Digital Learning: Data, Trends, and Strategies You Need to Know

Digital Learning: Data, Trends, and Strategies You Need to Know
Contributed By

Dylan Rodgers

Content Strategy Manager and Editor in Chief of the Schoology Exchange

Digital Learning: Data, Trends, and Strategies You Need to Know

Posted in Evolving Ed | September 22, 2017

Digital learning is a term that represents a broad range of technology-enhanced educational strategies. It includes blended learning, flipped learning, personalized learning, and other strategies that rely on digital tools to a small or large degree.

While people often think of digital learning as just the use of digital tools in the classroom, I’d argue that over simplifies it and fails to capture the purpose of the concept. Digital learning is meant to enhance learning, not simply continue it via a digital means.

Click here to download the full 2017 Global State of Digital Learning in K-12 ebook.

In fact, the data suggests that merely providing students with access to devices doesn't lead to better outcomes. But the thoughtful integration of technology to enable students to actively engage with ideas and their peers does enhance the learning experience. It's a nuanced and strategic challenge that grapples with countless tangible and abstract variables—devices, software, classroom practices, professional development, and collaboration among the many stakeholders just to name a few.

In this post, you'll catch a glimpse of some of these variables in the form of data, trends, and strategies that education professionals throughout the world are practicing today.

What the Data Says About Digital Learning—A Study of 2,846 Education Professionals

If you haven’t heard yet, Schoology conducted a landmark K-12 study called The Global State of Digital Learning (get the ebook here). It’s a general study via survey that included 2,846 teachers and administrators from 89 different countries.

The survey covered the top challenges and priorities for both teachers and administrators. We explored the devices, digital content, and PD strategies being utilized. We even do some interesting cross analysis that reveals deeper insights into the current state of digital learning.

Aside from the ebook (it’s a beast at 46 pages but well worth your time), we hosted a webinar where two directors in education for Schoology and myself discussed some of the key findings of the study and put them into context.

Below is a snippet of that conversation about the #1 challenge for administrators—providing effective PD and the types of PD that are currently being offered. But if you have time, I’d recommend watching the entire hour-long presentation. It really puts the data into context.


Watch the entire webinar here

As for what the data says about digital learning, well, in general, the respondents to our survey overwhelmingly agreed that it positively impacts students and teachers. But there’s a lot to unpack here, so let's just dive in.

Why is Digital Learning Important?

While many of you who frequent this blog may think the answer to this question is obvious, it might surprise you to know that this is one of the most frequently searched questions in regard to digital learning.

And those of you who are wondering why digital learning is important may be disappointed to know that the answer has too many variables to adequately cover in this post. In short, digital learning can enhance learning experiences, save teachers time, enable teachers to better tailor learning to student needs, aid in tracking student progress, provide transparency into the learning process for all stakeholders, and much more.

Among these many benefits of digital learning, an overwhelming majority of teachers and administrators who took our survey agree that digital learning positively impacts student growth and achievement.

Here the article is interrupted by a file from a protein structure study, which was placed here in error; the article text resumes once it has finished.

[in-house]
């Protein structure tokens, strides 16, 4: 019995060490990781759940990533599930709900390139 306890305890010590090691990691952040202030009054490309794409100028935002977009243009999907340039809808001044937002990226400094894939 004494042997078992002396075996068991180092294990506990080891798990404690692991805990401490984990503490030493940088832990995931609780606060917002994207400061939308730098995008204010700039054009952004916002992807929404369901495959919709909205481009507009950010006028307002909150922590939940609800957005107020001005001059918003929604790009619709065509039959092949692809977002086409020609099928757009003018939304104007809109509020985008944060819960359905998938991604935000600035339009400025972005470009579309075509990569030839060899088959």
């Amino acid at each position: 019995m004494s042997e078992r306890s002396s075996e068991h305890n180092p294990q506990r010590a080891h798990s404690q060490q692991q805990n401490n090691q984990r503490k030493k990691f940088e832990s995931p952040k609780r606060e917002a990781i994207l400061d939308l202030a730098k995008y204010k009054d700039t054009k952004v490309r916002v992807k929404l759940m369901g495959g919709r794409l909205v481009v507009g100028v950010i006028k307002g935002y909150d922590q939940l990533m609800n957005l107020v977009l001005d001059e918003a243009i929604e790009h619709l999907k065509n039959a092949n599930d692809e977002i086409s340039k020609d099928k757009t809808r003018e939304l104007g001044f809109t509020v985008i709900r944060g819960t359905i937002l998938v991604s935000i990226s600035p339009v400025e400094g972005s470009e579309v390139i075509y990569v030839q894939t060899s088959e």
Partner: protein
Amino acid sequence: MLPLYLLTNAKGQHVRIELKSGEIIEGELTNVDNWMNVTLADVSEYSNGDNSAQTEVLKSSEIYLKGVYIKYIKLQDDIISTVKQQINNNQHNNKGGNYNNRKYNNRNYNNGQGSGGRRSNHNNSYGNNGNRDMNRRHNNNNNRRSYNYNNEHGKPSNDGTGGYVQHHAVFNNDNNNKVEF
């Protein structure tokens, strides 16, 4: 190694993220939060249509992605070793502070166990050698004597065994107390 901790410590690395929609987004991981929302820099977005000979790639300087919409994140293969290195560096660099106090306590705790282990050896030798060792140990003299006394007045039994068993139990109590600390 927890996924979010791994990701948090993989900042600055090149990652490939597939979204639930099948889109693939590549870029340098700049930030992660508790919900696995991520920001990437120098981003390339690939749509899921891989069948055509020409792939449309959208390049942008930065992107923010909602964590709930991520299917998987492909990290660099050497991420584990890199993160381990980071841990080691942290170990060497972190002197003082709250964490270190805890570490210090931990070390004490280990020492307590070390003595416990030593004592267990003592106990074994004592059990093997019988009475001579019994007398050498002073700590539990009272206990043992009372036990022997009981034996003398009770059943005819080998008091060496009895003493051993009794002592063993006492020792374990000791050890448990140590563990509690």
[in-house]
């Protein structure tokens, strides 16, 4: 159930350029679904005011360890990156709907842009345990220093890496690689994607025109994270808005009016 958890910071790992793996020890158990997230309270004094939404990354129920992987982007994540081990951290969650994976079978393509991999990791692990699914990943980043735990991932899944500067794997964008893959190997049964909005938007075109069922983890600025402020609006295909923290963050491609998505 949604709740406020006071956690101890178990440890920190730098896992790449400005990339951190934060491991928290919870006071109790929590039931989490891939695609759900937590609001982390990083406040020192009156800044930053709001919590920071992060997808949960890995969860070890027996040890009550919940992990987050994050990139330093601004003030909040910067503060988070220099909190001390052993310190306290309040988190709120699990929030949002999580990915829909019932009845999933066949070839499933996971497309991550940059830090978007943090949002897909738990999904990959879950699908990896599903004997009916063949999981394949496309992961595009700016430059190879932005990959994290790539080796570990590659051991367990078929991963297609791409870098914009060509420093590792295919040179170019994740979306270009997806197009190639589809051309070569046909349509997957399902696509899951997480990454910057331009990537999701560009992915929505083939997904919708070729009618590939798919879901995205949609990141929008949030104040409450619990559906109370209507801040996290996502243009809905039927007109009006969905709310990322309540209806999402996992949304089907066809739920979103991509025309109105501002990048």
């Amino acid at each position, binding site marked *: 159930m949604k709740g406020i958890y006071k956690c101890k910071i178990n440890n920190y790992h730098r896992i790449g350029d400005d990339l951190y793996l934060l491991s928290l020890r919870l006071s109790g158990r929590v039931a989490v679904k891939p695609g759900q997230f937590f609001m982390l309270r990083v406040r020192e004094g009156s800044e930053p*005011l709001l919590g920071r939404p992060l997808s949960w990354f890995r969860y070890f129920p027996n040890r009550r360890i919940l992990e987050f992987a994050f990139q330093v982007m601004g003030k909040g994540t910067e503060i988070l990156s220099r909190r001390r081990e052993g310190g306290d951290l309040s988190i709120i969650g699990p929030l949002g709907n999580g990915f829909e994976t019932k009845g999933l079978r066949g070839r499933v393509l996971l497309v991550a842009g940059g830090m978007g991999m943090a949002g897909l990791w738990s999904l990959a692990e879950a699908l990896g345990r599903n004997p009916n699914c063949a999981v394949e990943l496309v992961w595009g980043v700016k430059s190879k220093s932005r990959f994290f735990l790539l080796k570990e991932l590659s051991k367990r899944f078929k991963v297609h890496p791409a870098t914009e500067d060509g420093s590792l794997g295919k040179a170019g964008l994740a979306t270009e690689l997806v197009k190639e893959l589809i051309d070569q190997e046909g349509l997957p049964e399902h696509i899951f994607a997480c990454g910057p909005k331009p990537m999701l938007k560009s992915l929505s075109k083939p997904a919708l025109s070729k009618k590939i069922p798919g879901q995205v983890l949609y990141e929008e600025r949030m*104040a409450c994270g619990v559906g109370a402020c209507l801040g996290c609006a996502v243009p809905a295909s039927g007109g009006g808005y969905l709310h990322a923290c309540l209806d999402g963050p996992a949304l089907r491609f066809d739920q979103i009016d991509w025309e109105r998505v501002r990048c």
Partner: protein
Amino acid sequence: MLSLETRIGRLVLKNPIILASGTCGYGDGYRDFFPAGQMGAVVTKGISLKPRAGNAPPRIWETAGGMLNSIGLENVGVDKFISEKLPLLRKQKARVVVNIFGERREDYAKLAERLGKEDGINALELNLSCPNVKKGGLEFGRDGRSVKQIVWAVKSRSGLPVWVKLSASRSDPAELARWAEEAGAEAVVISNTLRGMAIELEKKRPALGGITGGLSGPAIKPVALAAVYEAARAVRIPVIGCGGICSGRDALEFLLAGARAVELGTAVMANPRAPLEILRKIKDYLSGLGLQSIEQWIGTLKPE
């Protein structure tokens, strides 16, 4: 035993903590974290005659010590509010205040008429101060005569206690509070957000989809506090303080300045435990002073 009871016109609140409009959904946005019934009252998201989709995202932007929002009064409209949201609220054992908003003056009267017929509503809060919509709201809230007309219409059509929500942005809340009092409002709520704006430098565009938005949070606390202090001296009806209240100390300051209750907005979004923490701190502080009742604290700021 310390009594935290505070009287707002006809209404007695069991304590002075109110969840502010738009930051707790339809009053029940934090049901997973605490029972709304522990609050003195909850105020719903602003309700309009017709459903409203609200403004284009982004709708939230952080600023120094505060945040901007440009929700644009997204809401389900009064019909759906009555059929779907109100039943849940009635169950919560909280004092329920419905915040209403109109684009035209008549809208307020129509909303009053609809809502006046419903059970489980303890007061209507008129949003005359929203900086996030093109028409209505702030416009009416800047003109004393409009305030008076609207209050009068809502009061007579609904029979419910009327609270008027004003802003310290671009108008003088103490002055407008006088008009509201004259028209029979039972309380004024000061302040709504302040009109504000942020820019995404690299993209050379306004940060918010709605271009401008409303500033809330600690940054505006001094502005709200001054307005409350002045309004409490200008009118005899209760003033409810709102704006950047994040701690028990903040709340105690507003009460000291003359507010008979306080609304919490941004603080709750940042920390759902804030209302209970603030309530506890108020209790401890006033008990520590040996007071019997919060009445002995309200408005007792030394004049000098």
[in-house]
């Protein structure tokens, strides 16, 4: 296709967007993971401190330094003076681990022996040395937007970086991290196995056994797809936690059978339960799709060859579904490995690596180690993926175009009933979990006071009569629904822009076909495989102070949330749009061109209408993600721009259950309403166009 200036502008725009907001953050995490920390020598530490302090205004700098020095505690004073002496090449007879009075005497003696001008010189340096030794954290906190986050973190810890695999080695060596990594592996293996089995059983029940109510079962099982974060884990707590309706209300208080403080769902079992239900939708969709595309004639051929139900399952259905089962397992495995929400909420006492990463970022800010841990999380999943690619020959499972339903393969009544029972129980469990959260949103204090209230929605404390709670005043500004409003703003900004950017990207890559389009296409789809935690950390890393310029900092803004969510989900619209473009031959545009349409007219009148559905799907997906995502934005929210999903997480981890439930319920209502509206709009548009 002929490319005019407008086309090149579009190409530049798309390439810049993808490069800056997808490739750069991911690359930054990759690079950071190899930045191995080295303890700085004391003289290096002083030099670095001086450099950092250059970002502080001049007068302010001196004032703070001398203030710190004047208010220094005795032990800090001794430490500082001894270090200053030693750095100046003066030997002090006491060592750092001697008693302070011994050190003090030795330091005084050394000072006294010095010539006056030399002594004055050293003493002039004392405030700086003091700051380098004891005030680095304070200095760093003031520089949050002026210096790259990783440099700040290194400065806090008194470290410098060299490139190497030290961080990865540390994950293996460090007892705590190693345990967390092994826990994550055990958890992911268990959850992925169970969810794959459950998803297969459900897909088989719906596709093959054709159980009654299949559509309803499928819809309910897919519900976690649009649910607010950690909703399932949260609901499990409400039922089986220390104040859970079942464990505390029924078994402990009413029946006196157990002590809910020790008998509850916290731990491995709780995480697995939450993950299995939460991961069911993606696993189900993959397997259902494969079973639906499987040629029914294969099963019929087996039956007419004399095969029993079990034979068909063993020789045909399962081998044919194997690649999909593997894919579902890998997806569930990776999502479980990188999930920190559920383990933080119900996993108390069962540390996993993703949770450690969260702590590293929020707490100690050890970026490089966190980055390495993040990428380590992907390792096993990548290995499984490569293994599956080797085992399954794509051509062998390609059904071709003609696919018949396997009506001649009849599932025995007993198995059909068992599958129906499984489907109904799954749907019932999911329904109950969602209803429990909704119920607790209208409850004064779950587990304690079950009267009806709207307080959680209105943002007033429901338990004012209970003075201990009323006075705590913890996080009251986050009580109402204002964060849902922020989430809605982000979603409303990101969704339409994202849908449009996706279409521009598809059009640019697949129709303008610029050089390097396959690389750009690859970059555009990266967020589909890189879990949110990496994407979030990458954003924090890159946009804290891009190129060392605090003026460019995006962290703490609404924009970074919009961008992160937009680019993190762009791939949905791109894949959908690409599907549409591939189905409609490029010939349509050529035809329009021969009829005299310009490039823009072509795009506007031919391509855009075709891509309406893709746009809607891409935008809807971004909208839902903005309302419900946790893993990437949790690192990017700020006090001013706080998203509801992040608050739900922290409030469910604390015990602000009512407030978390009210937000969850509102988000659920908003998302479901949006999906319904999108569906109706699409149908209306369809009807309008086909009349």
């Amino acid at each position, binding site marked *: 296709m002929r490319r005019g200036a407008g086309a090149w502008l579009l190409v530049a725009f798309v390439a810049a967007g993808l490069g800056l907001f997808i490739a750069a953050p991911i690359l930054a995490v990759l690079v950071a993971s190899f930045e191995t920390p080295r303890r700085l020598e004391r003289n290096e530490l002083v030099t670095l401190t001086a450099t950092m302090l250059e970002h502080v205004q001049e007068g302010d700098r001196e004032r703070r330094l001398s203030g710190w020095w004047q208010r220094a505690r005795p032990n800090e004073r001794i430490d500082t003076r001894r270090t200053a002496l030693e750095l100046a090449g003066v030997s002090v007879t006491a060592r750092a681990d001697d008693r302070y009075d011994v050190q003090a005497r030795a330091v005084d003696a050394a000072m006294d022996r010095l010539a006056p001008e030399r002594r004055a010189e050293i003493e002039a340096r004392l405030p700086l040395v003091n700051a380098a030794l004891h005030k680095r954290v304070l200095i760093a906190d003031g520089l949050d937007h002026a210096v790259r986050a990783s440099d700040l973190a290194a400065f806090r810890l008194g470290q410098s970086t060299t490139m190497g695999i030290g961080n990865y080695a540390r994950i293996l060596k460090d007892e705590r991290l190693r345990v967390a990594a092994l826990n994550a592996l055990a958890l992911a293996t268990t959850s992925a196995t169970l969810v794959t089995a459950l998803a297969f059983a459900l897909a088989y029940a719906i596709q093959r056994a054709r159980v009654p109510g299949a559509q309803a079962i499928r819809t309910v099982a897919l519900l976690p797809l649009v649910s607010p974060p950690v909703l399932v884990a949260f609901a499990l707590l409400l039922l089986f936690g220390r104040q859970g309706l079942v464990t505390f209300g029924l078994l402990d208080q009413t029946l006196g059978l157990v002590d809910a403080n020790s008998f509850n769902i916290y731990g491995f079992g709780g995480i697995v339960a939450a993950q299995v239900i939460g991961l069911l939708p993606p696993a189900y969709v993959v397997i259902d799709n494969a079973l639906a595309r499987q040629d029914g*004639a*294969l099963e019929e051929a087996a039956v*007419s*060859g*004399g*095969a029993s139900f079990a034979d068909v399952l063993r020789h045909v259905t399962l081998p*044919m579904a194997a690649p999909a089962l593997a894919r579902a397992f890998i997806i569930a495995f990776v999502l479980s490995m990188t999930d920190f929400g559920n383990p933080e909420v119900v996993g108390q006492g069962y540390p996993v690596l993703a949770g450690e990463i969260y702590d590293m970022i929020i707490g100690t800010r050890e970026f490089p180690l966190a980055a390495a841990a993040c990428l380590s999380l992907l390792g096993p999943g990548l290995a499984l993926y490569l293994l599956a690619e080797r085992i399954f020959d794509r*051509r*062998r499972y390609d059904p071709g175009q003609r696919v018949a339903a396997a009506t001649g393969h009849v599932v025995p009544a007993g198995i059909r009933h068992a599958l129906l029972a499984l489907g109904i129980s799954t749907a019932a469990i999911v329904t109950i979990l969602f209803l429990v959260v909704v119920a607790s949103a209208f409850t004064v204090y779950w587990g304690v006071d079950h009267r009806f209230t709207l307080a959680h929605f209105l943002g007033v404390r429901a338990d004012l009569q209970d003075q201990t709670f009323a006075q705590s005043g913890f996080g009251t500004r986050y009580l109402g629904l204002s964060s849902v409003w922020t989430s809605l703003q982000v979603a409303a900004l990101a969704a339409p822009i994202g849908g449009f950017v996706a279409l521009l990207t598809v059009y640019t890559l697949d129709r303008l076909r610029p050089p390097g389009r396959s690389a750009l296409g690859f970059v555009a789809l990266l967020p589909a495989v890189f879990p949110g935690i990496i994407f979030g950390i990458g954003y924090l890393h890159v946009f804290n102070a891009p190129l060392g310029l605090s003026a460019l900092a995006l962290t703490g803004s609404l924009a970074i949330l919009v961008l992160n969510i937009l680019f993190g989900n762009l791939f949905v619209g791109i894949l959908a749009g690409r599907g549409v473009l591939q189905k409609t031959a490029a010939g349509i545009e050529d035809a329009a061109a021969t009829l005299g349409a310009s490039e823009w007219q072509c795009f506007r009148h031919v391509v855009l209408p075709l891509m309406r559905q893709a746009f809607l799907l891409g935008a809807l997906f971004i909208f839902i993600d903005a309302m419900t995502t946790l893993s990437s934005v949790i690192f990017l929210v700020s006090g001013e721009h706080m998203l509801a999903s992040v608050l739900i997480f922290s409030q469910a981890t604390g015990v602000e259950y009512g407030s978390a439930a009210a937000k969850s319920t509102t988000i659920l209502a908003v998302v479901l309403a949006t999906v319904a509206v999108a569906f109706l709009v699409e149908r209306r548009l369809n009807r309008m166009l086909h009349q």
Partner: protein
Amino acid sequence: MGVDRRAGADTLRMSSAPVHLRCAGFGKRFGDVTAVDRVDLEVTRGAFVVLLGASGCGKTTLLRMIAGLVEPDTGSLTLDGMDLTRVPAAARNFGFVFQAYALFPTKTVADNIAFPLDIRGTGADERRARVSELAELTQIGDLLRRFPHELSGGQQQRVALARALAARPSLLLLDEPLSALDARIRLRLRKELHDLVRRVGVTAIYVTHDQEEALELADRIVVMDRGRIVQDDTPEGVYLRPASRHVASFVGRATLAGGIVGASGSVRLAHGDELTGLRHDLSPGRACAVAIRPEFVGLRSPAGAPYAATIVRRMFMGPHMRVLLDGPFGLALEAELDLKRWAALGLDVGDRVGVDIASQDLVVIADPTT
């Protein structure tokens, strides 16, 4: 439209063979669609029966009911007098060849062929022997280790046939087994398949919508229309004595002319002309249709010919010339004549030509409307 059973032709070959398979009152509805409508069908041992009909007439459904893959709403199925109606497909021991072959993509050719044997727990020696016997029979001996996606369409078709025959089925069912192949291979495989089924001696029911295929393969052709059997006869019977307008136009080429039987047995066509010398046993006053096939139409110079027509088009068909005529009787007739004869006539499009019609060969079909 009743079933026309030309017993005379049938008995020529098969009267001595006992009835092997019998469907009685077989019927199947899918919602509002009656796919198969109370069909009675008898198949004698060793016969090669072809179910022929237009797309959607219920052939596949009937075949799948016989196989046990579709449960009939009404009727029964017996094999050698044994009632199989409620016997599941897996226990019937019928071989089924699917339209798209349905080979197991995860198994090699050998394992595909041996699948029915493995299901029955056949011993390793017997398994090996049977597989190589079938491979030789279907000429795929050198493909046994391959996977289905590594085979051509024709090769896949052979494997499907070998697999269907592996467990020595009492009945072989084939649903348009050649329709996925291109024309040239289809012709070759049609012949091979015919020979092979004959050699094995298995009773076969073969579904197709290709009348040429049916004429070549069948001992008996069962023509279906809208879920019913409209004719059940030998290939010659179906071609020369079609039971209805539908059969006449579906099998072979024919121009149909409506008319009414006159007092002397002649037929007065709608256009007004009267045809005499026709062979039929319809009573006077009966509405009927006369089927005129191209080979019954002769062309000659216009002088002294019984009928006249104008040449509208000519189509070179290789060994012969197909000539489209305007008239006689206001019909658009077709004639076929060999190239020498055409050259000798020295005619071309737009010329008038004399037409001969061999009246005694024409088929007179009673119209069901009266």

Positive Impact of Digital Learning on Student Growth and Achievement
Positive Impact of Digital Learning on Student Growth and Achievement

They also agree that it positively impacts faculty growth and effectiveness.

Positive Impact of Digital Learning on Faculty Growth and Effectiveness
Positive Impact of Digital Learning on Faculty Growth and Effectiveness

5 Key Digital Learning Trends and Insights of 2016–2017

Diving a little deeper into the data, we’ve identified 10 key insights from our survey that provide some clarity into the current state of digital learning. Below are five of those (see our ebook for all 10).

#1 Time is the Top Obstacle to Effective Digital Learning

According to our respondents, lack of time, devices, and effective PD are the three top obstacles to integrating technology into teaching and learning.

#2 Dedicated Technology Coordinators Have a Big Impact

The respondents at institutions with dedicated instructional technology staff also cite the highest satisfaction with their LMSs. In addition, those respondents at institutions where faculty stand in part-time as instructional technologists are less satisfied with their LMSs than those with dedicated staff but more satisfied than those without anyone in that role. This may be due to the amount of support and coaching people in these roles provide.

Cross Analysis of Institutions with Technology Coordinators and LMS Satisfaction
Cross Analysis of Institutions with Technology Coordinators and LMS Satisfaction

#3 PD Isn’t Modeling the Best Practices of Digital Learning

The large majority of professional development (PD) being offered, according to our respondents, is via single-session and periodic events. Very few cite having asynchronous learning, blended courses, or on-demand PD options (more on this later).

Add to this the fact that 46% of respondents who have an LMS say they don’t use it for PD. This suggests the most effective teaching strategies in the classroom are not being carried over to PD, let alone modeled using the pinnacle tool teachers use in the classroom.

Is the LMS Used in the Classroom Also Used in PD?
The LMS Used in the Classroom is Also Used in PD

#4 Static Instructional Resources are Still the Norm

By far, the most used instructional resources, according to our survey, are static or provide a non-interactive, one-way flow of information (PDFs, Word Docs, Videos, etc.). This may suggest that institutions are digitizing traditional learning rather than enhancing it.

It should be mentioned that there is a place for static resources in learning. But just making a textbook an ebook without serious thought as to how to make the material more interactive defeats the purpose of digital learning.

*Want to know how to make static resources more engaging? Check this article out

#5 Collaboration May Be Key to Solving PD Challenges

81% of our survey's respondents consider collaborating via professional learning communities (PLCs) and personal learning networks (PLNs) to be effective for PD. Interestingly, PD is the #1 challenge and faculty collaboration is the #1 priority of administrators by far.